Indonesia: Govt Neglects People's Right to Health in Dealing With Wildfires

Alin Almanar Jakarta Globe 8 Sep 16;

Jakarta. The government has been negligent in the way it managed public health risks associated with forest burning, because it mainly focused on extinguishing the fires, a human rights watchdog said.

According to government data, the annually recurring problem of land and forest fires afflicted more than half a million people with health problems in parts of Sumatra and Kalimantan last year. At least 23 have died as a result.

Members of the National Commission on Human Rights (Komnas HAM) observed the situation last year and concluded that the government had violated citizens' right to health.

There has been no thorough examination by the government of the definite impact of haze on human health, which is needed for recovery efforts, Komnas HAM commissioner Siti Noor Laila said.

"For instance, there has been no comprehensive explanation on what diseases haze-affected people could expect to develop in the future," Siti said during a press conference in Jakarta on Thursday (08/09). "Medical staff should have been conducting ongoing research."

The number of people suffering from respiratory infections as a result of wildfires in Riau province has continually increased over the past three years, according to data Komnas HAM obtained from local nongovernment organizations.

More than 43,000 people were diagnosed with respiratory disease last year, compared to around 27,000 in 2014 and nearly 20,000 the year before.

"Millions of people are at risk of developing serious diseases if preventive efforts by the government remain minimal," Komnas HAM commissioner Sandrayati Moniaga said. "Some have already died and there should be no more casualties."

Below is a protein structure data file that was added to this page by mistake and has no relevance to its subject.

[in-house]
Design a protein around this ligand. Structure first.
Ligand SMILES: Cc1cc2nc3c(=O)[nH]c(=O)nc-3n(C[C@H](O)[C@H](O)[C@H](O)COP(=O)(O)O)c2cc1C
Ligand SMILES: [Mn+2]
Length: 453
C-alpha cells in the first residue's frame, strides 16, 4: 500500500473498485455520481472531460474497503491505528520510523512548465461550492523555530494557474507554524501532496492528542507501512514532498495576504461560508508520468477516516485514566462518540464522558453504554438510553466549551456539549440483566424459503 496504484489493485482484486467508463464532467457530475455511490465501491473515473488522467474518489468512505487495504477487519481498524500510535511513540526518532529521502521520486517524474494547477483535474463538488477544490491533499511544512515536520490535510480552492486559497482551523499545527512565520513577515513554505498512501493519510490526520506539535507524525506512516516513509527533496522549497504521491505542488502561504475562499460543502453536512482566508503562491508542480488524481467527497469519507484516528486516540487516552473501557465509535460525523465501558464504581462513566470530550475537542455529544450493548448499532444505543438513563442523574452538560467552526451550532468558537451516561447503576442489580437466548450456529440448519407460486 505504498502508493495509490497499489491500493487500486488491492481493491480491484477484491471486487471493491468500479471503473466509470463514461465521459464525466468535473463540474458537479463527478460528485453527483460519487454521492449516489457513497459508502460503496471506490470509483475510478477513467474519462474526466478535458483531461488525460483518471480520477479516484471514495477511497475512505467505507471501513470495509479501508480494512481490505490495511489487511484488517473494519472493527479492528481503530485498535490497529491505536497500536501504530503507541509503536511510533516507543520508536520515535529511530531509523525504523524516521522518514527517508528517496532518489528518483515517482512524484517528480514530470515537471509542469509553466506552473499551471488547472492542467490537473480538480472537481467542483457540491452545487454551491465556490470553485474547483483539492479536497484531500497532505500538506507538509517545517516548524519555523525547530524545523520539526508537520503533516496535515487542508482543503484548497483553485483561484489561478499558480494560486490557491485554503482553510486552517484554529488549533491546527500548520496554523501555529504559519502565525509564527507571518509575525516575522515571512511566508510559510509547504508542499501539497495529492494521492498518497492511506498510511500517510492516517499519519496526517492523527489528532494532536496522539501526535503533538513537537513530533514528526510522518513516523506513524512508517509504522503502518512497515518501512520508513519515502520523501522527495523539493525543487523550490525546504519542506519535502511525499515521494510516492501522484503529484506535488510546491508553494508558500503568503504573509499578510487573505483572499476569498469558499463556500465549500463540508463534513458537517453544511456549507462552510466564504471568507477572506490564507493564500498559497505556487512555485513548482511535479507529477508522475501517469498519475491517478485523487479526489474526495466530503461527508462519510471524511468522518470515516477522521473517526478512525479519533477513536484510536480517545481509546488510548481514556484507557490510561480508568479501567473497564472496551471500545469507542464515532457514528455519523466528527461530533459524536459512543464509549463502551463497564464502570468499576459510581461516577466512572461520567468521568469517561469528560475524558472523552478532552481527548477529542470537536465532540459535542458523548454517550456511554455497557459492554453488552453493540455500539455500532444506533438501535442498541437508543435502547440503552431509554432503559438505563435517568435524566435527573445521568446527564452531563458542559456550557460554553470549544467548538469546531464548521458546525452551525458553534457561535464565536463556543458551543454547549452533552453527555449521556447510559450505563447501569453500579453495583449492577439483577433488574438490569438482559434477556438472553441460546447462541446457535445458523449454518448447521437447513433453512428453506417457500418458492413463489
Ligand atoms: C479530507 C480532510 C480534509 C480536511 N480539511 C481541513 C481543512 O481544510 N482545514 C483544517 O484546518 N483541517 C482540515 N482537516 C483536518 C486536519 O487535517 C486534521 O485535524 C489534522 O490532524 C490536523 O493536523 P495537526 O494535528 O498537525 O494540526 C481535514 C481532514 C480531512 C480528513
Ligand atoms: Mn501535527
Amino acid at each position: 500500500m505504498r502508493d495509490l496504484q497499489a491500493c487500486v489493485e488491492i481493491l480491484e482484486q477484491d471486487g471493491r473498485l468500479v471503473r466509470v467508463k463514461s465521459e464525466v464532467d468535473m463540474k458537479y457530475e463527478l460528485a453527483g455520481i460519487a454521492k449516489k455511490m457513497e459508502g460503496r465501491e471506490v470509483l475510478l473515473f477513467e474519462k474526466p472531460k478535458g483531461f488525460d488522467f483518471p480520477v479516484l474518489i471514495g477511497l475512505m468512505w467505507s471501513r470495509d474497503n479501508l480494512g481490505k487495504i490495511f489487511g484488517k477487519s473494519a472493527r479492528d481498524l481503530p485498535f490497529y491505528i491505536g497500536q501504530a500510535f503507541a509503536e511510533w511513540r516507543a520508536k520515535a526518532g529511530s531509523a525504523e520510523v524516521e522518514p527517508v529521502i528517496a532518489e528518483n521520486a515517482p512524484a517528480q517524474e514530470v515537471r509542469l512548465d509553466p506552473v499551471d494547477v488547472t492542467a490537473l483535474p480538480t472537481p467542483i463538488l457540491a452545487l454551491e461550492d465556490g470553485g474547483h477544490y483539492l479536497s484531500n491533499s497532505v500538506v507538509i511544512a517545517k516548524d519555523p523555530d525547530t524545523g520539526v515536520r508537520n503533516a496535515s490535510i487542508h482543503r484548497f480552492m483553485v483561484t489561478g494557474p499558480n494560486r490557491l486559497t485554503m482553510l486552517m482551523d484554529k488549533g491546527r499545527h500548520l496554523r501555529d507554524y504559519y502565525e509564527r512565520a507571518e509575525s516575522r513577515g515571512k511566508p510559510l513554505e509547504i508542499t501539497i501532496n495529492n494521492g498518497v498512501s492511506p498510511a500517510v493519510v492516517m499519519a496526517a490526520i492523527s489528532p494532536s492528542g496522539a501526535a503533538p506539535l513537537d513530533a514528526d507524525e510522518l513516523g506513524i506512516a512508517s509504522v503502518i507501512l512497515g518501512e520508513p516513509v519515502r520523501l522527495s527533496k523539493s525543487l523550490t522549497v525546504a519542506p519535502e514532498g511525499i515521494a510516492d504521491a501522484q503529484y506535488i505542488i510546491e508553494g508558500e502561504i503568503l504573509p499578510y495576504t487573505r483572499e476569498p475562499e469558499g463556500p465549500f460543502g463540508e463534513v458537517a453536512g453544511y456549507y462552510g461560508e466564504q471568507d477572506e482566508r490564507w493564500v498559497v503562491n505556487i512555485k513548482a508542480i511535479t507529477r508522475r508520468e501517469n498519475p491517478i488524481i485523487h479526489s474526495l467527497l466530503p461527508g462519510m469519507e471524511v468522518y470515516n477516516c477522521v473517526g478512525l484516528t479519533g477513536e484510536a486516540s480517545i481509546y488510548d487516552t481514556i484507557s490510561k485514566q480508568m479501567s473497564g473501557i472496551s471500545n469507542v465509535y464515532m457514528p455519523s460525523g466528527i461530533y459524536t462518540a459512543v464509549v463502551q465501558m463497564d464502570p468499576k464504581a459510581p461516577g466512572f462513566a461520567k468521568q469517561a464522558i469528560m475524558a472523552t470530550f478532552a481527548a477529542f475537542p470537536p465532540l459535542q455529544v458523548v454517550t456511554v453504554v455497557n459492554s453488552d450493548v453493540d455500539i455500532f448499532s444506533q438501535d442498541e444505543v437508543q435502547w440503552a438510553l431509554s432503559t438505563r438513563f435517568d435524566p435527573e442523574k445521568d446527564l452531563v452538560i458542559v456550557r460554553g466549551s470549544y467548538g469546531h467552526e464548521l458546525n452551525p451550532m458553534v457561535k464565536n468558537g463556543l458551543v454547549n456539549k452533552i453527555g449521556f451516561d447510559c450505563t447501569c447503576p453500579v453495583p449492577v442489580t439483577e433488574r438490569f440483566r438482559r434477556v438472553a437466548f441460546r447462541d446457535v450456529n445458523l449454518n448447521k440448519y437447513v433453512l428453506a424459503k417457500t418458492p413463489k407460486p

Described by observes as the worst on record, last year's wildfires also destroyed vegetation on millions of hectares of land and resulted in financial losses worth billions of dollars.

Komnas Ham to Evaluate Effectiveness of Law Enforcement in Forest Fire Cases
Alin Almanar Jakarta Globe 8 Sep 16;

Jakarta. The National Commission on Human Rights, or Komnas HAM, will evaluate the effectiveness of law enforcement in Indonesian forest fire cases over the past decade, amid public controversy over premature termination of investigations into some cases, the human rights watchdog said on Thursday (08/09).

Citing lack of evidence, the Riau Police terminated their investigations into 15 out of 18 plantation companies that are reportedly responsible for the 2015 forest and peatland fires. Three companies were brought before the court.

"It is clear that companies should be held responsible if fires occur within their concession areas," Komnas HAM commissioner, Siti Noor Laila, said.

"Whether the land is burned intentionally or unintentionally, the companies should abide by the regulation," she said referring to the 2015 presidential instruction on the improvement of management of forests and peatland.

Under the instruction, regional administrations are ordered to instruct plantation companies to have the requisite facilities to prevent land and forest fires, as poor compliance was the major cause of rampant forest fires, with some companies lacking even the most basic equipment to manage forest fires.

Despite facing protests from environmental activists, police have defended their move to terminate investigations saying that the fires occurred on disputed land. Therefore, those who should be held responsible remains unclear, since blame cannot be attributed.

"We will evaluate law enforcement in cases of wildfires, including the termination of their investigations. Law enforcement in such cases tends to be discriminatory," another Komnas HAM commissioner, Sandrayati Moniaga, said.

Land and forest fires in Sumatra and Kalimantan were an annual recurring problem in the country over the past decade.

Described by observers as the worst on record, the wildfires last year destroyed vegetation on millions of hectares of land, afflicted more than half a million people with health problems and resulted in billions of dollars in economic losses.

Meanwhile, activists from the Indonesian Forum for the Environment (Walhi) have launched their own investigations into the cases and filed new police reports against the 15 companies. Walhi has found that three of the 15 companies have also been implicated in cases of illegal logging, but the police have terminated their investigations in 2008.

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